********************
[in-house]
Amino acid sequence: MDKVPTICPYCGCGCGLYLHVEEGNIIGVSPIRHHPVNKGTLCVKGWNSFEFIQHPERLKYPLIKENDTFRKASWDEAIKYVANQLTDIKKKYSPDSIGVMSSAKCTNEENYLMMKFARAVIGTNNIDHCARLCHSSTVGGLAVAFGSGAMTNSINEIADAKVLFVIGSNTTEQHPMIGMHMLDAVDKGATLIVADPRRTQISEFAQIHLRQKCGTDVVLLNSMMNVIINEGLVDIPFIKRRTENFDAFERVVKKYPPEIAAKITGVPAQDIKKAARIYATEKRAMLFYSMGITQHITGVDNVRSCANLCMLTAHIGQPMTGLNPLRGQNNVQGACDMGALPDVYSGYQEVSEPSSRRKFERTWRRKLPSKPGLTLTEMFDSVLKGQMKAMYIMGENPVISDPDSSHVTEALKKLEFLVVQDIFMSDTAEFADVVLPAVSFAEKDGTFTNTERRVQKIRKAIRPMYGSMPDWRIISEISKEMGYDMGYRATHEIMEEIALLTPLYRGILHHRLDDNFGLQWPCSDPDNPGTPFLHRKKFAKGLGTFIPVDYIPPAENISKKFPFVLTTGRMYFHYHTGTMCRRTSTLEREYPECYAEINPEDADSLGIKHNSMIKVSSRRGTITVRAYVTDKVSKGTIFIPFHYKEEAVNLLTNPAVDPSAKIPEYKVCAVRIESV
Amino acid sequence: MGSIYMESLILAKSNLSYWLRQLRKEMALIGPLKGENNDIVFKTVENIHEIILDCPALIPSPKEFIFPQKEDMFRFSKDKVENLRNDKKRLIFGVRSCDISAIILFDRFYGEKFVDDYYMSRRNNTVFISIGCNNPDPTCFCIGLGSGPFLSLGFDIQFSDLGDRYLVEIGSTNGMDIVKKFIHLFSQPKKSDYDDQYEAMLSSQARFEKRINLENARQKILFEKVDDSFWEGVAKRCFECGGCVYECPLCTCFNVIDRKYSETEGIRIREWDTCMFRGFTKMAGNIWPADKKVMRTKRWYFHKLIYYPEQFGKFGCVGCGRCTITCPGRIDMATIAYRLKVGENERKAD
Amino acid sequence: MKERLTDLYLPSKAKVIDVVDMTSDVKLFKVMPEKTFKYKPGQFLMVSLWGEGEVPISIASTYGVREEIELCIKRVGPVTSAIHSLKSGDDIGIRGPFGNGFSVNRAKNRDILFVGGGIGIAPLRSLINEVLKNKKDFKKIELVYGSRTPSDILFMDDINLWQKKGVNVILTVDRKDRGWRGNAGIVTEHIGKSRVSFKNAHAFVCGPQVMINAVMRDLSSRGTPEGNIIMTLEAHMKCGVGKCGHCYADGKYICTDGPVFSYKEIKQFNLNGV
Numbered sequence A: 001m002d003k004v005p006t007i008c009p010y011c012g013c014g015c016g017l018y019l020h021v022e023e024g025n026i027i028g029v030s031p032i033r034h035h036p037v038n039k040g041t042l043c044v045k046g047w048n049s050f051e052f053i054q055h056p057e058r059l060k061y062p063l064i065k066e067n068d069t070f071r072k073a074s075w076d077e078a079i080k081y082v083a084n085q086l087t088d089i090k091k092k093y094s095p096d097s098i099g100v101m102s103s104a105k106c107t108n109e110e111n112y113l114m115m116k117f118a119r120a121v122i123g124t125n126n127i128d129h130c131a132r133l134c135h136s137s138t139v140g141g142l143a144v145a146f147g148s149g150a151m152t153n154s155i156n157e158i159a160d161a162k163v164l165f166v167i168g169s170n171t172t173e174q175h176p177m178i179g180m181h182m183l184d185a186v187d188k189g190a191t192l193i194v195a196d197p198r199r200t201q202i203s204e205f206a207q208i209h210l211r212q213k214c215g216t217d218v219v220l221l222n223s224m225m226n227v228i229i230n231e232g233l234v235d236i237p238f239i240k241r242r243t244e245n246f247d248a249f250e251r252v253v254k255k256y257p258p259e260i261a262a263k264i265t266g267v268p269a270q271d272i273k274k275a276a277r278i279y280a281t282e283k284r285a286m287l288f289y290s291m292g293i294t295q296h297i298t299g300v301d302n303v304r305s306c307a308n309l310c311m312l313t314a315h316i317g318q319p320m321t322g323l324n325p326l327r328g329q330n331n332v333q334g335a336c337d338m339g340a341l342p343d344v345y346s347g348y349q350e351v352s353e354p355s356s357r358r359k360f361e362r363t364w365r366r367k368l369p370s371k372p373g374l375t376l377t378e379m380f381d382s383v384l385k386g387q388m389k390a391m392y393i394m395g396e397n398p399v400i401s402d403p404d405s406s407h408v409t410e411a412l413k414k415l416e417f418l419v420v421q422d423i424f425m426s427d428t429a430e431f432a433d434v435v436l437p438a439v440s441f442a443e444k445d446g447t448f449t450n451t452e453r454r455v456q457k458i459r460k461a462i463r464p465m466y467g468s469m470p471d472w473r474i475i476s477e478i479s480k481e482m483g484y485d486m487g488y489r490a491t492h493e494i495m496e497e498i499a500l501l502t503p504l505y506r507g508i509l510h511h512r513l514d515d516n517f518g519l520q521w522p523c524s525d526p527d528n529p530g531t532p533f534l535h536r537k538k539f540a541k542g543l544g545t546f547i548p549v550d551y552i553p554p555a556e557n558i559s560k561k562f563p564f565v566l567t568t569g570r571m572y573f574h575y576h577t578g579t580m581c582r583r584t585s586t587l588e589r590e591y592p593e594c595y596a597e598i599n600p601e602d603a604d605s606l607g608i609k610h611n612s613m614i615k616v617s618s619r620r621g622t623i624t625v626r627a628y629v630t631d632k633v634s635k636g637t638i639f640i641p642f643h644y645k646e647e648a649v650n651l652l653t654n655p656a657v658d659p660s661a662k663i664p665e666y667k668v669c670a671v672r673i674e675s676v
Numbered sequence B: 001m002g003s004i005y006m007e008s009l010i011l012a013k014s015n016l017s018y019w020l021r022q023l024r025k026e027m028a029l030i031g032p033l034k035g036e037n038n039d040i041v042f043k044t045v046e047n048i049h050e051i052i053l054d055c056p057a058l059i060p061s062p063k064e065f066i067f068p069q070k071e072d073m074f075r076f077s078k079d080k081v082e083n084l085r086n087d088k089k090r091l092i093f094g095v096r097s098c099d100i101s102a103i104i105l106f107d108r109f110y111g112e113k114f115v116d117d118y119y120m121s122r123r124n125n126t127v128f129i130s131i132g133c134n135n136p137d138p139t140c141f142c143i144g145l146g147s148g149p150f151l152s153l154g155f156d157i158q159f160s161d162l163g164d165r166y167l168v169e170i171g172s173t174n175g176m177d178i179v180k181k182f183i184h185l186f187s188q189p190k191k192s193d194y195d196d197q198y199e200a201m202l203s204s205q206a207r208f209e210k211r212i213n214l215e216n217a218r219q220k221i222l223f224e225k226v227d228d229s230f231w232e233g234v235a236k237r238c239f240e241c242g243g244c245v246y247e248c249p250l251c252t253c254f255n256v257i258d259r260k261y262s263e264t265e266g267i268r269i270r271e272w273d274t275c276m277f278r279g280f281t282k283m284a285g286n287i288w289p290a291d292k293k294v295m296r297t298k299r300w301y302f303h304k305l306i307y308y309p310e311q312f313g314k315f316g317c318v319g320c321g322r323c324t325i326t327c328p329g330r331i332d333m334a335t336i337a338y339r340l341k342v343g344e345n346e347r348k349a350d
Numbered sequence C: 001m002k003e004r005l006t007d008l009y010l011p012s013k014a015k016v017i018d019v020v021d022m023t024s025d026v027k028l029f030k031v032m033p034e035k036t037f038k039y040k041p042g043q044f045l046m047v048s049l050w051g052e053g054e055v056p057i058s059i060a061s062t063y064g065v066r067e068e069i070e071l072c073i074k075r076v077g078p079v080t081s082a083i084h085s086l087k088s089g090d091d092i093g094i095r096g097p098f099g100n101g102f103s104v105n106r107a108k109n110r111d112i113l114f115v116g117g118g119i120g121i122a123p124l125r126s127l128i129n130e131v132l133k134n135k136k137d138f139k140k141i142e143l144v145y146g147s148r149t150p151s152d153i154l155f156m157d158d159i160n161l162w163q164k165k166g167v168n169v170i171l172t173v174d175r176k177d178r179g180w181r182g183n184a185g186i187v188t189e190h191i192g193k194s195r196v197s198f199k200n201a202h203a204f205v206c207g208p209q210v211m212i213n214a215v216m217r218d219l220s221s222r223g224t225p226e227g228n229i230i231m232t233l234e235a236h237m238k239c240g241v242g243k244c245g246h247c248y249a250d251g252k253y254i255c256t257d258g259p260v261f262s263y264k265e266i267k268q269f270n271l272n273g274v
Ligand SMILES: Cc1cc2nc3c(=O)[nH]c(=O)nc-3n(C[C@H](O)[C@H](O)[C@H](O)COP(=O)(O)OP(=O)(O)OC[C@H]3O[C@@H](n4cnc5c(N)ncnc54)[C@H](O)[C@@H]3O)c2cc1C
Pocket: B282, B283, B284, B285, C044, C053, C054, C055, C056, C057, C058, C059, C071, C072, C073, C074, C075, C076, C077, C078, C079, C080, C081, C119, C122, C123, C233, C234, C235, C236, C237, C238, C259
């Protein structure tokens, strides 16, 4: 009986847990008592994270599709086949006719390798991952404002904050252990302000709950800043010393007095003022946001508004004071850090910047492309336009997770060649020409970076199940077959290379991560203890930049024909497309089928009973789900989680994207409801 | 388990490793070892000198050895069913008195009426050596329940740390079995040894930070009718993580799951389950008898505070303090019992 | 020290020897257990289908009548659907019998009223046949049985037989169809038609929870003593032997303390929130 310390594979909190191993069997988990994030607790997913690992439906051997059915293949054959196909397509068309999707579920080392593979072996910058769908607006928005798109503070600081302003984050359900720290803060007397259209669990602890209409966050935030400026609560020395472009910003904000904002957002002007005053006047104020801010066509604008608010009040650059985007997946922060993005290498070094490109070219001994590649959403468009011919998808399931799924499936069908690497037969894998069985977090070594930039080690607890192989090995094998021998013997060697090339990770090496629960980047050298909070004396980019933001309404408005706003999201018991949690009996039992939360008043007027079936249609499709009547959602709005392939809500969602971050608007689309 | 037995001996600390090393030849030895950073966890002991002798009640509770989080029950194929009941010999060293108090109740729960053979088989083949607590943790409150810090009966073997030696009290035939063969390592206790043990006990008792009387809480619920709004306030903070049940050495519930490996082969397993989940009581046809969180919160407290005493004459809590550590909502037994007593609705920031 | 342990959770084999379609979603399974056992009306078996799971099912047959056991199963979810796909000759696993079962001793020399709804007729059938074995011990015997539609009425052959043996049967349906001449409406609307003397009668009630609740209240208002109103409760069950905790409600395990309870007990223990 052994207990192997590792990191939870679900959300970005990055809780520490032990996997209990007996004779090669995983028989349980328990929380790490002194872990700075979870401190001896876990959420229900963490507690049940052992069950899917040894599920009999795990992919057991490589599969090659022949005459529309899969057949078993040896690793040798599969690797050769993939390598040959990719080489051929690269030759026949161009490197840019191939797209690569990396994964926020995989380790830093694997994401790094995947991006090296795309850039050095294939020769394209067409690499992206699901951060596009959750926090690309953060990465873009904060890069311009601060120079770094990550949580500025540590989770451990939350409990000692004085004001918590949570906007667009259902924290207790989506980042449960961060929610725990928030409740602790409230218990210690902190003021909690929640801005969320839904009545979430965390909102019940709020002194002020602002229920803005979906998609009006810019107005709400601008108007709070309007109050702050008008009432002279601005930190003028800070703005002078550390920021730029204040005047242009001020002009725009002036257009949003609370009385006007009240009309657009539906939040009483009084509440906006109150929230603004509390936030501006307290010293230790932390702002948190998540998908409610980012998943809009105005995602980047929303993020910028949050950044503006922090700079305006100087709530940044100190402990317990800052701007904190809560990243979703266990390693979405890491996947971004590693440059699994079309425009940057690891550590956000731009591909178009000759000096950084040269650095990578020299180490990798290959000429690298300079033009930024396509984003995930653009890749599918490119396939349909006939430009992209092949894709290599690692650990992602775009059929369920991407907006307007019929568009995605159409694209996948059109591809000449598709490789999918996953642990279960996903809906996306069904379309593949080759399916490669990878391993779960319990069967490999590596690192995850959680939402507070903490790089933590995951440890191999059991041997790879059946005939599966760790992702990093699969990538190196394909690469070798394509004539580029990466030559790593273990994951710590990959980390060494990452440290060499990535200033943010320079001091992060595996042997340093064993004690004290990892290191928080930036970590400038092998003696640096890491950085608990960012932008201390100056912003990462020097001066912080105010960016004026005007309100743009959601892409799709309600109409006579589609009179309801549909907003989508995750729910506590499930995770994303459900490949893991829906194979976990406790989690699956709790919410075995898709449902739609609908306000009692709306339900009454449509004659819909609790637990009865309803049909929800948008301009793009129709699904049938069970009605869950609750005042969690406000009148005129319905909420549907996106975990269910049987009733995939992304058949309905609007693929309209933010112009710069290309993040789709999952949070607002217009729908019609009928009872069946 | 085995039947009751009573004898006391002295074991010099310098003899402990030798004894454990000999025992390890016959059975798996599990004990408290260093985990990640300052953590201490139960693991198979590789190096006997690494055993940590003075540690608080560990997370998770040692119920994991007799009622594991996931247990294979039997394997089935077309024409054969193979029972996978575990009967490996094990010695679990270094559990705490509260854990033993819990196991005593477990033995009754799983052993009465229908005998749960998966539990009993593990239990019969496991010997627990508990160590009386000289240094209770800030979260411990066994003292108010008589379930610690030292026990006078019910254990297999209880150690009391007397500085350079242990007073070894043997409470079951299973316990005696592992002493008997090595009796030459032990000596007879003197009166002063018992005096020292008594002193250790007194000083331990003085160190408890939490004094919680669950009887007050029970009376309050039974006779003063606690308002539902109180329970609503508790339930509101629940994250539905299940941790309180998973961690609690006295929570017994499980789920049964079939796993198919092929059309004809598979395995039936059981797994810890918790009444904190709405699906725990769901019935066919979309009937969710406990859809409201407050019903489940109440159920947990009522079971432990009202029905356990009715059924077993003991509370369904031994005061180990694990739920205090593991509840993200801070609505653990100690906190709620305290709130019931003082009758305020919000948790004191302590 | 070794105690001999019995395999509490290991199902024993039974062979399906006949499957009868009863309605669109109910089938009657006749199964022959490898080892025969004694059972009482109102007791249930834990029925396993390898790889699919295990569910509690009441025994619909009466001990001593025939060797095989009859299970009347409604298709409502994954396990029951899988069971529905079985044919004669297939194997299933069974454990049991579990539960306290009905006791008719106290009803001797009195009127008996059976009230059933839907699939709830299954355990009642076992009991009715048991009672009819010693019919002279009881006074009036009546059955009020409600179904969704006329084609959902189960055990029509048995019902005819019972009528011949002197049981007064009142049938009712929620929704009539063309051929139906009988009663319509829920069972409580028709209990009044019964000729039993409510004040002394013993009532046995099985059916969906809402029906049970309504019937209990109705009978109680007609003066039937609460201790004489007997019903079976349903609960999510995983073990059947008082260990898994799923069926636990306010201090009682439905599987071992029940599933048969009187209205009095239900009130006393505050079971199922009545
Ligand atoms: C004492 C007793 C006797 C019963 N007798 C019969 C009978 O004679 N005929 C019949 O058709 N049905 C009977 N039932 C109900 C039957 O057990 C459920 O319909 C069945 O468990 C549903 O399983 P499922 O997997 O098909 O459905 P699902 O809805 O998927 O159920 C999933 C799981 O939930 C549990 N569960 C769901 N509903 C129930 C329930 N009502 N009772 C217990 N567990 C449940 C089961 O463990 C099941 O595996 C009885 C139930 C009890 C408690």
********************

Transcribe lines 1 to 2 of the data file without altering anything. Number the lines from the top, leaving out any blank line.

[in-house]
Amino acid sequence: MDKVPTICPYCGCGCGLYLHVEEGNIIGVSPIRHHPVNKGTLCVKGWNSFEFIQHPERLKYPLIKENDTFRKASWDEAIKYVANQLTDIKKKYSPDSIGVMSSAKCTNEENYLMMKFARAVIGTNNIDHCARLCHSSTVGGLAVAFGSGAMTNSINEIADAKVLFVIGSNTTEQHPMIGMHMLDAVDKGATLIVADPRRTQISEFAQIHLRQKCGTDVVLLNSMMNVIINEGLVDIPFIKRRTENFDAFERVVKKYPPEIAAKITGVPAQDIKKAARIYATEKRAMLFYSMGITQHITGVDNVRSCANLCMLTAHIGQPMTGLNPLRGQNNVQGACDMGALPDVYSGYQEVSEPSSRRKFERTWRRKLPSKPGLTLTEMFDSVLKGQMKAMYIMGENPVISDPDSSHVTEALKKLEFLVVQDIFMSDTAEFADVVLPAVSFAEKDGTFTNTERRVQKIRKAIRPMYGSMPDWRIISEISKEMGYDMGYRATHEIMEEIALLTPLYRGILHHRLDDNFGLQWPCSDPDNPGTPFLHRKKFAKGLGTFIPVDYIPPAENISKKFPFVLTTGRMYFHYHTGTMCRRTSTLEREYPECYAEINPEDADSLGIKHNSMIKVSSRRGTITVRAYVTDKVSKGTIFIPFHYKEEAVNLLTNPAVDPSAKIPEYKVCAVRIESV